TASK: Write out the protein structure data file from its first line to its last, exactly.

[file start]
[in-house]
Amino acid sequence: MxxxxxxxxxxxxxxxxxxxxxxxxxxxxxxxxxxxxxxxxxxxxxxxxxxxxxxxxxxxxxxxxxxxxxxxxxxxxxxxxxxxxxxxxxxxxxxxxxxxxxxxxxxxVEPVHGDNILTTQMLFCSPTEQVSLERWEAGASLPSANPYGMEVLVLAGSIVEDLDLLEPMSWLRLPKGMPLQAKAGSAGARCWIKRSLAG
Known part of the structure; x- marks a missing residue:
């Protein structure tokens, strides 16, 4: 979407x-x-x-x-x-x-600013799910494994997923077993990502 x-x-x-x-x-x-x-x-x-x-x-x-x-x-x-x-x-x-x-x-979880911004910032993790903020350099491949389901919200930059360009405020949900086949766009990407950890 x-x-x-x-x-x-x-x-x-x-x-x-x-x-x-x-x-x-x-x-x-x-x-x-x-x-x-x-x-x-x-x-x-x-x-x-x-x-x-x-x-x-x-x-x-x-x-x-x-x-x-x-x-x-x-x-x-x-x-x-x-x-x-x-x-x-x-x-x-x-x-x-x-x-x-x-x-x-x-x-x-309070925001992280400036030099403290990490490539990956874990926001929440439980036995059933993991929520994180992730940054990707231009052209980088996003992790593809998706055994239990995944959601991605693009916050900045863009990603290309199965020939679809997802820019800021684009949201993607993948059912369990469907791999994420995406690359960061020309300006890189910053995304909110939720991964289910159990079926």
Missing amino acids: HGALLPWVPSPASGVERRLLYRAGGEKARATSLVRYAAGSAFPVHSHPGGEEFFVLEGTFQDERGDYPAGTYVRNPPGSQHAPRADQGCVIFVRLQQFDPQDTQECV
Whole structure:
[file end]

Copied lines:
[in-house]
Amino acid sequence: MxxxxxxxxxxxxxxxxxxxxxxxxxxxxxxxxxxxxxxxxxxxxxxxxxxxxxxxxxxxxxxxxxxxxxxxxxxxxxxxxxxxxxxxxxxxxxxxxxxxxxxxxxxxVEPVHGDNILTTQMLFCSPTEQVSLERWEAGASLPSANPYGMEVLVLAGSIVEDLDLLEPMSWLRLPKGMPLQAKAGSAGARCWIKRSLAG
Known part of the structure; x- marks a missing residue:
């Protein structure tokens, strides 16, 4: 979407x-x-x-x-x-x-600013799910494994997923077993990502 x-x-x-x-x-x-x-x-x-x-x-x-x-x-x-x-x-x-x-x-979880911004910032993790903020350099491949389901919200930059360009405020949900086949766009990407950890 x-x-x-x-x-x-x-x-x-x-x-x-x-x-x-x-x-x-x-x-x-x-x-x-x-x-x-x-x-x-x-x-x-x-x-x-x-x-x-x-x-x-x-x-x-x-x-x-x-x-x-x-x-x-x-x-x-x-x-x-x-x-x-x-x-x-x-x-x-x-x-x-x-x-x-x-x-x-x-x-x-309070925001992280400036030099403290990490490539990956874990926001929440439980036995059933993991929520994180992730940054990707231009052209980088996003992790593809998706055994239990995944959601991605693009916050900045863009990603290309199965020939679809997802820019800021684009949201993607993948059912369990469907791999994420995406690359960061020309300006890189910053995304909110939720991964289910159990079926």
Missing amino acids: HGALLPWVPSPASGVERRLLYRAGGEKARATSLVRYAAGSAFPVHSHPGGEEFFVLEGTFQDERGDYPAGTYVRNPPGSQHAPRADQGCVIFVRLQQFDPQDTQECV
Whole structure: